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comb

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comb


  7  definitions  found 
 
  From  Webster's  Revised  Unabridged  Dictionary  (1913)  [web1913]: 
 
  Comb  \Comb\,  v.  t.  [imp.  &  p.  p.  {Combed};  p.  pr  &  vb  n. 
  {Combing}.] 
  To  disentangle,  cleanse,  or  adjust  with  a  comb;  to  lay 
  smooth  and  straight  with  or  as  with  a  comb;  as  to  comb 
  hair  or  wool.  See  under  {Combing}. 
 
  Comb  down  his  hair;  look  look!  it  stands  upright. 
  --Shak. 
 
  From  Webster's  Revised  Unabridged  Dictionary  (1913)  [web1913]: 
 
  Comb  \Comb\  (?;  110),  n.  [AS.  camb;  akin  to  Sw.,  Dan.,  &  D.  kam, 
  Icel.  kambr,  G.  kamm,  Gr  ?  a  grinder  tooth,  Skr.  jambha 
  tooth.] 
  1.  An  instrument  with  teeth,  for  straightening,  cleansing, 
  and  adjusting  the  hair,  or  for  keeping  it  in  place 
 
  2.  An  instrument  for  currying  hairy  animals,  or  cleansing  and 
  smoothing  their  coats;  a  currycomb. 
 
  3.  (Manuf.  &  Mech.) 
  a  A  toothed  instrument  used  for  separating  and  cleansing 
  wool,  flax,  hair,  etc 
  b  The  serrated  vibratory  doffing  knife  of  a  carding 
  machine. 
  c  A  former,  commonly  cone-shaped,  used  in  hat 
  manufacturing  for  hardening  the  soft  fiber  into  a  bat. 
  d  A  tool  with  teeth,  used  for  chasing  screws  on  work  in 
  a  lathe;  a  chaser. 
  e  The  notched  scale  of  a  wire  micrometer. 
  f  The  collector  of  an  electrical  machine,  usually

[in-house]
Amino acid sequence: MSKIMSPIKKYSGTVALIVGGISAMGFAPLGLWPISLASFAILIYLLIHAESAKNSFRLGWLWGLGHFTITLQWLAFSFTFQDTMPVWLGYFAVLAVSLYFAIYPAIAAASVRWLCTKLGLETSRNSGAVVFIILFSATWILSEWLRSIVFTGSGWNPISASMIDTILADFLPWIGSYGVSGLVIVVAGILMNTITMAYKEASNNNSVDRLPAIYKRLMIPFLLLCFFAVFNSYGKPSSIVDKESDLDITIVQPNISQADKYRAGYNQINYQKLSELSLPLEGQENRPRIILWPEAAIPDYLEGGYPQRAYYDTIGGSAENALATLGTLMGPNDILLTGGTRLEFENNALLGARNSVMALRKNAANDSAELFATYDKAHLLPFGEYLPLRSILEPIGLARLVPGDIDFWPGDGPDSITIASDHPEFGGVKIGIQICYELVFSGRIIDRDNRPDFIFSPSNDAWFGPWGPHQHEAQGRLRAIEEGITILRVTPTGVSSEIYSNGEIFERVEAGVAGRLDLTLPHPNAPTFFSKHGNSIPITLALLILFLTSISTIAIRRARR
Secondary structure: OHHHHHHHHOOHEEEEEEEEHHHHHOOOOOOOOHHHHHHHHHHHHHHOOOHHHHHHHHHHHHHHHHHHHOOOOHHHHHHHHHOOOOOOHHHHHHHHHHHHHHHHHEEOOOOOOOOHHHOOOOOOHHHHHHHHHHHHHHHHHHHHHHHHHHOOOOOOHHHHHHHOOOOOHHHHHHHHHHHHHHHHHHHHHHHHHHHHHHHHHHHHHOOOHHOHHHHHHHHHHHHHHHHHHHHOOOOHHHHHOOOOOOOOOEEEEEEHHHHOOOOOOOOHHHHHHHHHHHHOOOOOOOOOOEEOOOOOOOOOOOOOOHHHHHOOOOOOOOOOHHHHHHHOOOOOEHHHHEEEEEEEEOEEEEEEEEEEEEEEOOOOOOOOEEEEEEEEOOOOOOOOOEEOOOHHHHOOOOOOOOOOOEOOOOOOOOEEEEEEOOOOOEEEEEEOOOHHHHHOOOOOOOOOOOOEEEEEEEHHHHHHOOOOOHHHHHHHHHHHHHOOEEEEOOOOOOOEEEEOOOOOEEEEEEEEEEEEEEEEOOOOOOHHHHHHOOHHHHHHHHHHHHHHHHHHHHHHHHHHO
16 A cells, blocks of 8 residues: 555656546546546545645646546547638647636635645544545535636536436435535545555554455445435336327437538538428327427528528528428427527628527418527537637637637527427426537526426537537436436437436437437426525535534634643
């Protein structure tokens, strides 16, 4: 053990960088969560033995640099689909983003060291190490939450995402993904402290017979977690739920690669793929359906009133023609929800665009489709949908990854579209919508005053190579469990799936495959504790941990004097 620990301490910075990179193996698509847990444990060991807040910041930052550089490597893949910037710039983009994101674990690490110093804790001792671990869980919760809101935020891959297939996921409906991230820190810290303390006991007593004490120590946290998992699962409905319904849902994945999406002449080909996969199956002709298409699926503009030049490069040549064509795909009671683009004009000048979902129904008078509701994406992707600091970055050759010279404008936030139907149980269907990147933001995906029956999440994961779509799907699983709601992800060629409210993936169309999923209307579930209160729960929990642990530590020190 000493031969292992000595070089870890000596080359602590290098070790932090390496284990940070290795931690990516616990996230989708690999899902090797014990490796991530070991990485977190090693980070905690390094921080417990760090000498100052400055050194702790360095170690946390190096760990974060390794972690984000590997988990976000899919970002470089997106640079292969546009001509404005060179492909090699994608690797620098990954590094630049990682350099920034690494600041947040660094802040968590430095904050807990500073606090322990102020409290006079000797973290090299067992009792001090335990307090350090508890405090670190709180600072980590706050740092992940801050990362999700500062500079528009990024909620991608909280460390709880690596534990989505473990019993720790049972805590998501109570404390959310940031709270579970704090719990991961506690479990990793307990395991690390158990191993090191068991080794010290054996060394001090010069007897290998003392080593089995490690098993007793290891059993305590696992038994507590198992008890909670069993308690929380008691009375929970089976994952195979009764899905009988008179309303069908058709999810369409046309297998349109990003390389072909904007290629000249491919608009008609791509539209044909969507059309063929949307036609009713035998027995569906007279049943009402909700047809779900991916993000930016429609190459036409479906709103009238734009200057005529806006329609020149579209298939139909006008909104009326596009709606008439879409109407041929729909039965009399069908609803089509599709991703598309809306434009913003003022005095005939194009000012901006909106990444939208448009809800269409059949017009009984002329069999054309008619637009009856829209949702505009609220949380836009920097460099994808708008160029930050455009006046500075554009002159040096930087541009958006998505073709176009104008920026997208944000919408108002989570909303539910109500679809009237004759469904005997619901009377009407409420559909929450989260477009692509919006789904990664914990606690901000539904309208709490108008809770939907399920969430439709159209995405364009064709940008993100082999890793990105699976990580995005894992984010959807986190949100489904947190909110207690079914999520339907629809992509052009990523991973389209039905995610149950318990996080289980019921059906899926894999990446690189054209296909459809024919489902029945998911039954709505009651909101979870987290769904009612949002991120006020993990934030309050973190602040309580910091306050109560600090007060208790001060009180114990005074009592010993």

resembling  a  comb. 
 
  From  Webster's  Revised  Unabridged  Dictionary  (1913)  [web1913]: 
 
  Comb  \Comb\,  v.  i.  [See  {Comb},  n.,  5.]  (Naut.) 
  To  roll  over  as  the  top  or  crest  of  a  wave;  to  break  with  a 
  white  foam,  as  waves. 
 
  From  Webster's  Revised  Unabridged  Dictionary  (1913)  [web1913]: 
 
  Comb  \Comb\,  Combe  \Combe\  (?  or  ?),  n.  [AS.  comb,  prob.  of 
  Celtic  origin;  cf  W.  cwm  a  dale,  valley.] 
  That  unwatered  portion  of  a  valley  which  forms  its 
  continuation  beyond  and  above  the  most  elevated  spring  that 
  issues  into  it  [Written  also  {coombe}.]  --Buckland. 
 
  A  gradual  rise  the  shelving  combe  Displayed.  --Southey. 
 
  From  Webster's  Revised  Unabridged  Dictionary  (1913)  [web1913]: 
 
  Comb  \Comb\,  n. 
  A  dry  measure.  See  {Coomb}. 
 
  From  Webster's  Revised  Unabridged  Dictionary  (1913)  [web1913]: 
 
  Coomb  \Coomb\,  n.  [AS.  cumb  a  liquid  measure,  perh.  from  LL 
  cumba  boat,  tomb  of  stone,  fr  Gr  ?  hollow  of  a  vessel,  cup, 
  boat,  but  cf  G.  kumpf  bowl.] 
  A  dry  measure  of  four  bushels,  or  half  a  quarter.  [Written 
  also  {comb}.] 
 
  From  WordNet  r  1.6  [wn]: 
 
  comb 
  n  1:  a  flat  device  with  narrow  pointed  teeth  on  one  edge; 
  disentangles  or  arranges  hair 
  2:  the  fleshy  red  crest  on  the  head  of  the  domestic  fowl  and 
  other  gallinaceous  birds  [syn:  {cockscomb},  {coxcomb}] 
  3:  a  fleshy  and  deeply  serrated  outgrowth  atop  the  heads  of 
  certain  birds  especially  domestic  fowl 
  4:  any  of  several  devices  for  straightening  fibers 
  5:  ciliated  comb-like  swimming  plate  of  a  ctenophore 
  6:  the  act  of  drawing  a  comb  through  hair;  "his  hair  needed  a 
  comb"  [syn:  {combing}] 
  v  1:  straighten  with  a  comb;  "comb  your  hair";  "comb  the  wool" 
  2:  search  thoroughly;  "They  combed  the  area  for  the  missing 
  child"  [syn:  {ransack}] 
  3:  of  hair  [syn:  {comb  out},  {disentangle}] 




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